Illinois. It is impossible to say enough about what Illinois coach John Groce has done in his first half-season in Champaign. In the matter of a few months, he transformed senior guard Brandon Paul from an inefficient gunner to an All-American, totally revamped not only Illinois' style but its overall approach, made a team of little-used role players into one of the scariest offensive squads in the country, won the Maui Invitational and beat Gonzaga at Gonzaga, and almost single-handedly revived one of the nation's best fan bases out of its previously depressed stupor. Will the Illini -- who live and die by the 3, in every sense of the cliché -- be able to sustain this pace? Maybe not, but I won't bet against them.
Ohio State. Will the Buckeyes find a second go-to offensive player? Do they need one? Is the efficient, versatile brilliance of Deshaun Thomas enough, provided the Buckeyes play sound defense and rebound the basketball on the other end? If the answer is no, what next? As you can see, there are some serious questions about this OSU team. There are also some serious reasons for optimism, among them the fact that Ohio State went toe-to-toe with national title favorite Duke for 40 minutes in Durham. But Amir Williams, Sam Thompson, LaQuinton Ross, Shannon Scott and a cast of talented but underwhelming post-Jared Sullinger characters must step up.
Michigan State. If you've actually watched MSU play this year -- save for maybe the early-season win against Kansas in Atlanta — you might be wondering what all the fuss is about. In other words, the Spartans are ugly. But they play great defense, they're big and versatile up front (Tom Izzo can use Adreian Payne and Derrick Nix together or, as he has come to prefer, use active tweener Branden Dawson at the 4), and the guard play of Keith Appling and Gary Harris is really intriguing. If they can cut down on turnovers just a bit, they can definitely win the league. It is Michigan State, after all.
Player of the year (so far): Trey Burke, Michigan. After a sterling freshman campaign, the Wolverines guard has only improved. He still scores, but he works much more effectively as an opportunistic facilitator; he picks his spots like a collegiate Chris Paul. His 17.4 points and 7.1 assists per game are only made more impressive when you see his offensive rating (130.3) and usage rate (27.2 percent), and when you see him whip defenses around with ball fakes and dribble penetration. With so many new options around him -- Hardaway in particular -- Burke is borderline unstoppable.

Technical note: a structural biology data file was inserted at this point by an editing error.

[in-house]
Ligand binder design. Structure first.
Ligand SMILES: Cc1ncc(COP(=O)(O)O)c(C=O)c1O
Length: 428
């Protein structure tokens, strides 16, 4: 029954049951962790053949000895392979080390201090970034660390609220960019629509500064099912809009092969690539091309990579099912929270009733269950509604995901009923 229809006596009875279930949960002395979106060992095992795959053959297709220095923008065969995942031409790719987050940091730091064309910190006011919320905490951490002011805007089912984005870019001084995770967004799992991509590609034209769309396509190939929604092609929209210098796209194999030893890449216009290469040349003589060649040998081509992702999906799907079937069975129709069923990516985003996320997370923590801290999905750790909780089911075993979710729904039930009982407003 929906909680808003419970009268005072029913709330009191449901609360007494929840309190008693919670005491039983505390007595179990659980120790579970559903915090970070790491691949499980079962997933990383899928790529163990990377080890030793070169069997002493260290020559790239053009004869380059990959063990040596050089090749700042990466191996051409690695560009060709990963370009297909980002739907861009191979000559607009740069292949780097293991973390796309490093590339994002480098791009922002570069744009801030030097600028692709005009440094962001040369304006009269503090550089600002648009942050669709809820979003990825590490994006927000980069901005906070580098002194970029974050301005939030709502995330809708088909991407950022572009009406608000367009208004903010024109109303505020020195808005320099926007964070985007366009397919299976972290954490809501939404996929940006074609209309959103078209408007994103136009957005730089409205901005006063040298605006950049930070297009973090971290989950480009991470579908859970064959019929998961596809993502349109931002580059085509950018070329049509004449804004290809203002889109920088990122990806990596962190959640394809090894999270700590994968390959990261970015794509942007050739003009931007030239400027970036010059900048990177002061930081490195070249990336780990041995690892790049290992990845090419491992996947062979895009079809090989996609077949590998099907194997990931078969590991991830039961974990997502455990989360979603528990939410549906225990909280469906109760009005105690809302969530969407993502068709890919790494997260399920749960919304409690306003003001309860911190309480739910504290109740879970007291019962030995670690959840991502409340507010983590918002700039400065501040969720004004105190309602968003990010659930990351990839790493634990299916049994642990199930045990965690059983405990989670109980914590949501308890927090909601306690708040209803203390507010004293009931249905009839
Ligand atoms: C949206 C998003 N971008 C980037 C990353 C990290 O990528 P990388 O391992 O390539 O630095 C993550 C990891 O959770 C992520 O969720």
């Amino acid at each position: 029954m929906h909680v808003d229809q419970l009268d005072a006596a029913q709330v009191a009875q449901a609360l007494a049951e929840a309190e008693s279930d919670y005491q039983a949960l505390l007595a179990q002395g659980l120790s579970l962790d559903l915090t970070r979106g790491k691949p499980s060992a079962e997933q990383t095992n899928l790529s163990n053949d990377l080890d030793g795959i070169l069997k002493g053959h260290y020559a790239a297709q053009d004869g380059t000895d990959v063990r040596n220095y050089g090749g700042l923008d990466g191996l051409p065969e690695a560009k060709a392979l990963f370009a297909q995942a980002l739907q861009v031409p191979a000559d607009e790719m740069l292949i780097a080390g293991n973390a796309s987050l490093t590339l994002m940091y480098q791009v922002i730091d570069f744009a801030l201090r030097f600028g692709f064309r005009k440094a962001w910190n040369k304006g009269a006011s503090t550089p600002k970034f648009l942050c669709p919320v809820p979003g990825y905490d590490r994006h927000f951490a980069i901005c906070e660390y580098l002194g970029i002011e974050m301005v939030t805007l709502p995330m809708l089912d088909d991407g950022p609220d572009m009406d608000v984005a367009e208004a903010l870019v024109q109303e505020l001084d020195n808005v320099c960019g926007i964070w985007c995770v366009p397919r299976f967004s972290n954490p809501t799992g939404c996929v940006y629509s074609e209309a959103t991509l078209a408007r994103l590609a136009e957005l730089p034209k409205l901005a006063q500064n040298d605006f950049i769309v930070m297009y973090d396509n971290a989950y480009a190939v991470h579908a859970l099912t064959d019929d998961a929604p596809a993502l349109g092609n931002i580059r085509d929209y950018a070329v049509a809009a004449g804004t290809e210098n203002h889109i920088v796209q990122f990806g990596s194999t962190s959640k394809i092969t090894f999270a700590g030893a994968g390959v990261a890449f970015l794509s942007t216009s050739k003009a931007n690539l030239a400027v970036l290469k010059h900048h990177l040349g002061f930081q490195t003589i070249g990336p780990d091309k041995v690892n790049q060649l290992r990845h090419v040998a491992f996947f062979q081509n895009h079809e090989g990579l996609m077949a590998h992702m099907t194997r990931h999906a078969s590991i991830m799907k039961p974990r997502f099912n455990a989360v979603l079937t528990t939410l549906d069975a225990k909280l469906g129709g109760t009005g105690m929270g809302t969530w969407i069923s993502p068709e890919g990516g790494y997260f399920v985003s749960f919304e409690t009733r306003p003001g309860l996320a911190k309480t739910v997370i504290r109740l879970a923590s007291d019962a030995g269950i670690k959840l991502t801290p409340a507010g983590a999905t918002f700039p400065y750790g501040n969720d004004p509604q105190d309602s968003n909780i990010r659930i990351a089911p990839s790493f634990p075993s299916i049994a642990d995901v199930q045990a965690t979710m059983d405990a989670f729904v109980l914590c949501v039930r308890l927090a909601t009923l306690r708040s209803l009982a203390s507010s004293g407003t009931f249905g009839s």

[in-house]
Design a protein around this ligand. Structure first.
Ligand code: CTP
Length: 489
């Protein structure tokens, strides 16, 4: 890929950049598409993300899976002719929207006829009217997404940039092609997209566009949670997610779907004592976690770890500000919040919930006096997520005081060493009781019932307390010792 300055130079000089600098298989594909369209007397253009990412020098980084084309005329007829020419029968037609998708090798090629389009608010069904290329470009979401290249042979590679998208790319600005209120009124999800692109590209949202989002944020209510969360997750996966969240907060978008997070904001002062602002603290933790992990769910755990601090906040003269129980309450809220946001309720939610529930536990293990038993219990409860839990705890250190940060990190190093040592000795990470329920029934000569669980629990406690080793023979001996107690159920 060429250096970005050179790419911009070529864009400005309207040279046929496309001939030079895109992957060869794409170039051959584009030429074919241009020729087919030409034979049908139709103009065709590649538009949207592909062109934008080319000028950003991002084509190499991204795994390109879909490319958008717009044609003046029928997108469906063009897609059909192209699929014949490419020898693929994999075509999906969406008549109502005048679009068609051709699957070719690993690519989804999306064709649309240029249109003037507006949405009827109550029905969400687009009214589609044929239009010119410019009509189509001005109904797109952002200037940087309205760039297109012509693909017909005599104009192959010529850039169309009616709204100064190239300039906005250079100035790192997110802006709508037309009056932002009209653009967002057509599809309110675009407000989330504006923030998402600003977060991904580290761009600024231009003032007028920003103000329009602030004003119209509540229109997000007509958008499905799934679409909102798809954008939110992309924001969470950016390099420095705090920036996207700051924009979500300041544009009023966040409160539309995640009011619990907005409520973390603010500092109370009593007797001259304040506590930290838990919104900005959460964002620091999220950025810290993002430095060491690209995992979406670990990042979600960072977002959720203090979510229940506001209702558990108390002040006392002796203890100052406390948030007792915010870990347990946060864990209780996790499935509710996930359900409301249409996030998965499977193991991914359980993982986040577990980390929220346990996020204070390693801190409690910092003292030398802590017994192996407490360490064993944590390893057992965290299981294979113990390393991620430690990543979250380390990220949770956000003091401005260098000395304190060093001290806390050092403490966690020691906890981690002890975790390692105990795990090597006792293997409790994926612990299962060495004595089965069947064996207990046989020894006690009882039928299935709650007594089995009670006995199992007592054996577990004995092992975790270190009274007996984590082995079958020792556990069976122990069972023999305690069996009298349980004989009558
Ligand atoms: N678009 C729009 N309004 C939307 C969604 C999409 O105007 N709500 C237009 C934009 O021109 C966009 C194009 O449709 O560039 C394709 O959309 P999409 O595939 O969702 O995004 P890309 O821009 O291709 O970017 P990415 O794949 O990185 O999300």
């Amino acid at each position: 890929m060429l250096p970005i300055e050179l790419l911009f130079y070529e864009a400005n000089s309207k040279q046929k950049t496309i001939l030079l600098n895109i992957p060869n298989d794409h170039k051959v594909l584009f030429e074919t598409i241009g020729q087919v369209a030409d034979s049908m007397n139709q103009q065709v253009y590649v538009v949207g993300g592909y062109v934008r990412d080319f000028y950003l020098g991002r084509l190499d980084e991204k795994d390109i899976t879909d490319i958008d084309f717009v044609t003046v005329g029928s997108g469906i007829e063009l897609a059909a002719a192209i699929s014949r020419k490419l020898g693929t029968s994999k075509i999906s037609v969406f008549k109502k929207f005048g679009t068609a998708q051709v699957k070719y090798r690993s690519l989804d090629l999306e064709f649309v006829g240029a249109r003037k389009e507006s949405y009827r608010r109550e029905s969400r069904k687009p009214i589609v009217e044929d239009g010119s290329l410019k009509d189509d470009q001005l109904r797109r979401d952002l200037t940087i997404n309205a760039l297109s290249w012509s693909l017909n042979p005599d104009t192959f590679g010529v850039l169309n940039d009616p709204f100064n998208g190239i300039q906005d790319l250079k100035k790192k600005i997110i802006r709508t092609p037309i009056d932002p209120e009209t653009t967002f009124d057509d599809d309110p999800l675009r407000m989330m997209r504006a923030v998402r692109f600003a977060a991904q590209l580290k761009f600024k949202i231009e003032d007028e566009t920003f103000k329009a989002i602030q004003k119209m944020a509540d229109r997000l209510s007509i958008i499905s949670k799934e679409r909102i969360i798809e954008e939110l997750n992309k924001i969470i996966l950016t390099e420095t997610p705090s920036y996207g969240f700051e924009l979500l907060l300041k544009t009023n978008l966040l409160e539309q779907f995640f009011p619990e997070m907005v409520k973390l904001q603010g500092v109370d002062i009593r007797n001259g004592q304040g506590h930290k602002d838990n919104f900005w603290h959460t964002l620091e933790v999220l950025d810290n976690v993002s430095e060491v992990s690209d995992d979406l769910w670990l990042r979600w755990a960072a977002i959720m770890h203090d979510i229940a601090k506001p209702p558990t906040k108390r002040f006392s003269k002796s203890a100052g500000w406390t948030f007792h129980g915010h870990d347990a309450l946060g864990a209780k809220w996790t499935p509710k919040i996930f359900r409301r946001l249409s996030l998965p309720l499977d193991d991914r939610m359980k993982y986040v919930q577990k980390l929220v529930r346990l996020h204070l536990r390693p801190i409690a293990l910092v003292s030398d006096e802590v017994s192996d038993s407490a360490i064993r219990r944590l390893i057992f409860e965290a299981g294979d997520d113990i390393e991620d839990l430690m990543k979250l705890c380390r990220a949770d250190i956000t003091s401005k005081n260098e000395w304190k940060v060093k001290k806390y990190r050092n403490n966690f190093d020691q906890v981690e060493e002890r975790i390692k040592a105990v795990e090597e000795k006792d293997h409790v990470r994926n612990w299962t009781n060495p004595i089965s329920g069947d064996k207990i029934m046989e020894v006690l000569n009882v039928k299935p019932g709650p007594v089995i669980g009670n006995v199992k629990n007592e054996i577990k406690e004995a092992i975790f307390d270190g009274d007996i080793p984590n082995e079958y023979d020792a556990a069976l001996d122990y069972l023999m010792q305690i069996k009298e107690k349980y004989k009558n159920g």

Other contenders: Brandon Paul, Illinois; Deshaun Thomas, Ohio State; Tim Hardaway, Michigan; Cody Zeller, Indiana; Jordan Hulls, Indiana; Victor Oladipo, Indiana; Aaron White, Iowa.
Freshman of the year (so far): Nik Stauskas, Michigan. Stauskas makes shots. This is what he does. So far this season, he has shot 69 3s, and made 39 of them, good for (carry the one) 56.5 percent from beyond the arc. (Those 34 makes are just one fewer than all of Stauskas' 2-point field goal attempts.) He has crazy, dare-I-say-Jimmer-esque range, and a little bit of swagger to go along with it, and he is one of those players that can hurt you in a huge way any time he's on the floor. And trust me: The Big Ten's coaches know all of this already.
Wins to brag about: Illinois at Gonzaga and over Butler; Michigan over Pittsburgh and NC State; Michigan State over Kansas; Minnesota over Memphis; Indiana over Georgetown; Northwestern at Baylor.
Losses that sting: Wisconsin to Virginia at home; Iowa at Virginia Tech; Purdue at Eastern Michigan; Penn State to BC at home; Nebraska to Kent State at home; Northwestern to UIC at home.